Cover crop use on the Prairies not well known

Prairie farmers want more information about cover cropping: its benefits, best variety choices and agronomy.

Callum Morrison, a PhD student at the University of Manitoba, learned that much and more from year one results in a three-year project.

In 2019, Morrison surveyed 211 farmers who have grown cover crops. In 2020 he wants to double the number of respondents and he launched year two of the Prairie Cover Crop Survey on Oct. 1.

“This year it’s going to be a lot larger and essentially what we’re trying to do is see where cover crops are being used, create a baseline for how many acres are being grown,” said Morrison.

He hopes to learn which cover crops are most common in each province and which cash crops are most commonly used in rotation, among other data. By also targeting farmers who have never grown a cover crop as well as those considering it, he plans to discover what concerns and goals people have about the practice and what research would be most helpful to any cover cropping plans.

“I think that will be very interesting, to see if reservations match up with the problems that the actual cover-croppers have experienced.”

Morrison particularly wants higher participation from Alberta and Saskatchewan in this year’s survey, since 50 percent of the first year respondents were in Manitoba, in part because most U of M contacts are in that province.

One year of data shows oats are the most common cover crop across the Prairies in general but in Alberta the top choice is clover and the second is oats.

Alberta was also the outlier in choice of cash crops in relation to cover crops. About 30 percent of Alberta respondents grew spring wheat after a cover crop. In the other two provinces, oats was the most common choice.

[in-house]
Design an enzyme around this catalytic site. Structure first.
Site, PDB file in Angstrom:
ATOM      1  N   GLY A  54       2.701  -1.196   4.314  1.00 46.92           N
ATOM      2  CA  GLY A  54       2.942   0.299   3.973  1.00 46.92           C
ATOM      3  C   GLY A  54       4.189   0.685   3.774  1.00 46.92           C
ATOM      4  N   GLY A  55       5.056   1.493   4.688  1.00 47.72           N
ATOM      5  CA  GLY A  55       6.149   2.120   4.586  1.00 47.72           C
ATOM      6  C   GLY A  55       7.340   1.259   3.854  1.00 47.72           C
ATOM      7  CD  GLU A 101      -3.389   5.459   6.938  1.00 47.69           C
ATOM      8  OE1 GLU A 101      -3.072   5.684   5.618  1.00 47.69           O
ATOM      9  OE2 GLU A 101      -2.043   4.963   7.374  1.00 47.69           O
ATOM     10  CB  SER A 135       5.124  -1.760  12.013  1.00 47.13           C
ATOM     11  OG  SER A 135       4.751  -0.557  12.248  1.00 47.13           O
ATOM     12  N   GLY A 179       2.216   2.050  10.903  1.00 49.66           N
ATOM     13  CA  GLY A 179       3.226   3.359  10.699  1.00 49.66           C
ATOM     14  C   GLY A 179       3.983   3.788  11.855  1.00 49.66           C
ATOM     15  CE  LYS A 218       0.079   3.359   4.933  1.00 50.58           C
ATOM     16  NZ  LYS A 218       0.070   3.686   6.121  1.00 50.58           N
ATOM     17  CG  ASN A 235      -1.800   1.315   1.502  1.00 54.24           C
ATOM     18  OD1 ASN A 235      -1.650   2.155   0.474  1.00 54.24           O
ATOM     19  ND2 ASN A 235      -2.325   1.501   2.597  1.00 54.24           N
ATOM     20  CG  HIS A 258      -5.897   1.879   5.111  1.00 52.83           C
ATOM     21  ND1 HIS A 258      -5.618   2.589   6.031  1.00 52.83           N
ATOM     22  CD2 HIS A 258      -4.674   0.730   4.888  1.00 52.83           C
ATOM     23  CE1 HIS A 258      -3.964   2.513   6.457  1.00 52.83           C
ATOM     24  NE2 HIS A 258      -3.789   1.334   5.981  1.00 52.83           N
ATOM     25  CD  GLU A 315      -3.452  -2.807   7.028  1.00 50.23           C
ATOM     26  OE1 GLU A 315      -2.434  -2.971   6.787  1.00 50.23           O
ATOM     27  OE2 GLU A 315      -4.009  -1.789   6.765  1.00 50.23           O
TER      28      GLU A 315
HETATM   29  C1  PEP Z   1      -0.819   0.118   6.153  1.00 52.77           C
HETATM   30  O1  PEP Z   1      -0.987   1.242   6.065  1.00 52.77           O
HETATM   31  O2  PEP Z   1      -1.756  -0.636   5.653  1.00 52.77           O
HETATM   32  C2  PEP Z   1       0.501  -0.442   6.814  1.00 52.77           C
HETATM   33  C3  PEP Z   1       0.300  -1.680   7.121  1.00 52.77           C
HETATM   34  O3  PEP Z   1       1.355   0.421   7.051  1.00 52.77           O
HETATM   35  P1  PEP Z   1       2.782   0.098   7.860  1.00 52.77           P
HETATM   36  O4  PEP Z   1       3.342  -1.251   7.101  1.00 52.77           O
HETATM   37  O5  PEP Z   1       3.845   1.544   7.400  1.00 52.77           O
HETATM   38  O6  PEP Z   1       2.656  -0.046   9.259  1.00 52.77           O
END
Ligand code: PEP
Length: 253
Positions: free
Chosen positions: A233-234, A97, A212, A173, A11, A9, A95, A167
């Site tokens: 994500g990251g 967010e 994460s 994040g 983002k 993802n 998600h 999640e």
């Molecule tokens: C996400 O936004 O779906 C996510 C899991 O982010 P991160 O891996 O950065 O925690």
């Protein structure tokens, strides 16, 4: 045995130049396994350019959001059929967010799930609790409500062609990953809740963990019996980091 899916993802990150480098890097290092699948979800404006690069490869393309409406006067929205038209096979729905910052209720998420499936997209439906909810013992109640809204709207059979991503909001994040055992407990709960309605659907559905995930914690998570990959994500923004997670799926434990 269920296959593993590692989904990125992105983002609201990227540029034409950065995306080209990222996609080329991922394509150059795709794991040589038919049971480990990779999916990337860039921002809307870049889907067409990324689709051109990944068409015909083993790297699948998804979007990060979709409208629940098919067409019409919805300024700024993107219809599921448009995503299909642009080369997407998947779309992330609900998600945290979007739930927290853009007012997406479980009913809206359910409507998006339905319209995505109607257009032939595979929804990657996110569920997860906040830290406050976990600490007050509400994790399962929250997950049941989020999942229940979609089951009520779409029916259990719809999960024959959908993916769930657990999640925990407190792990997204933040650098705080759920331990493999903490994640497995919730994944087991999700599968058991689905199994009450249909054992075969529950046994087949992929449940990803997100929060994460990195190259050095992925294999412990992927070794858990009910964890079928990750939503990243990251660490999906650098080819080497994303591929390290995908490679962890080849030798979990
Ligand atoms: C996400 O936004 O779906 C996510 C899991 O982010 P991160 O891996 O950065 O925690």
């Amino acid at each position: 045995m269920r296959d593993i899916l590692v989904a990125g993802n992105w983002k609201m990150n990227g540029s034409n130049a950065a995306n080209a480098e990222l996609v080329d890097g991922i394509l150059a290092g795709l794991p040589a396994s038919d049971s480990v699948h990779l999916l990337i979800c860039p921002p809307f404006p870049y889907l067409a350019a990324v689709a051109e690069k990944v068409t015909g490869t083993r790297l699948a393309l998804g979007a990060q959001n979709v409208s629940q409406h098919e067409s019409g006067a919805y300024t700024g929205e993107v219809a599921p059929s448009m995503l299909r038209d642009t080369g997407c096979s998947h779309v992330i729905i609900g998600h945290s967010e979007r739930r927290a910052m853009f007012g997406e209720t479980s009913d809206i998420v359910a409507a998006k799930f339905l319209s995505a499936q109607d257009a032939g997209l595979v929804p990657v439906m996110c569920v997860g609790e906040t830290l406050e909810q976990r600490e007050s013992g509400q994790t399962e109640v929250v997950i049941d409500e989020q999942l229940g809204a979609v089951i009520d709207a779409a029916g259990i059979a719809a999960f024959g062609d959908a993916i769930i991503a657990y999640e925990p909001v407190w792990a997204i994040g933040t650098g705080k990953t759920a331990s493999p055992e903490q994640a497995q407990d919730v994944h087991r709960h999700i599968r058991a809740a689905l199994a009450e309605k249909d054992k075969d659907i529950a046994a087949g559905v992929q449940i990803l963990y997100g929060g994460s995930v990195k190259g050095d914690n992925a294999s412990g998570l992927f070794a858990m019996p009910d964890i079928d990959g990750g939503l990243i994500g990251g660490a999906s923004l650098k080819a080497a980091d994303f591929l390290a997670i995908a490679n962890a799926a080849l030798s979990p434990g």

Across the Prairies, Morrison found 82 percent of the 211 respondents had grown a cover crop before 2019 and 31 percent had used them for more than five years. The most common reasons for doing so included building soil health, improving seed and soil biology, improving nitrogen availability, weed suppression and erosion control.

Full results from 2019 are expected to be available in November and subsequent results will be made public in coming years.

“We’re not just doing this for our own sake. It’s really something I think people in Western Canada need,” said Morrison.

Last year’s respondents expressed the need for more information on the kind of cover crop that would work best in their particular area and the need to quantify the benefits of the practice.

Other key findings from year one:

  • Sixty-six thousand acres of cover crops were reported by the 211 respondents.
  • Sixteen percent of those grew cover crops for the first time in 2019.
  • Half of the full season cover crops were grown in Saskatchewan.
  • Twenty-five percent of respondents were organic growers.

The 2020 survey can be found here:

sites.google.com/view/prairiecovercropsurvey/Survey

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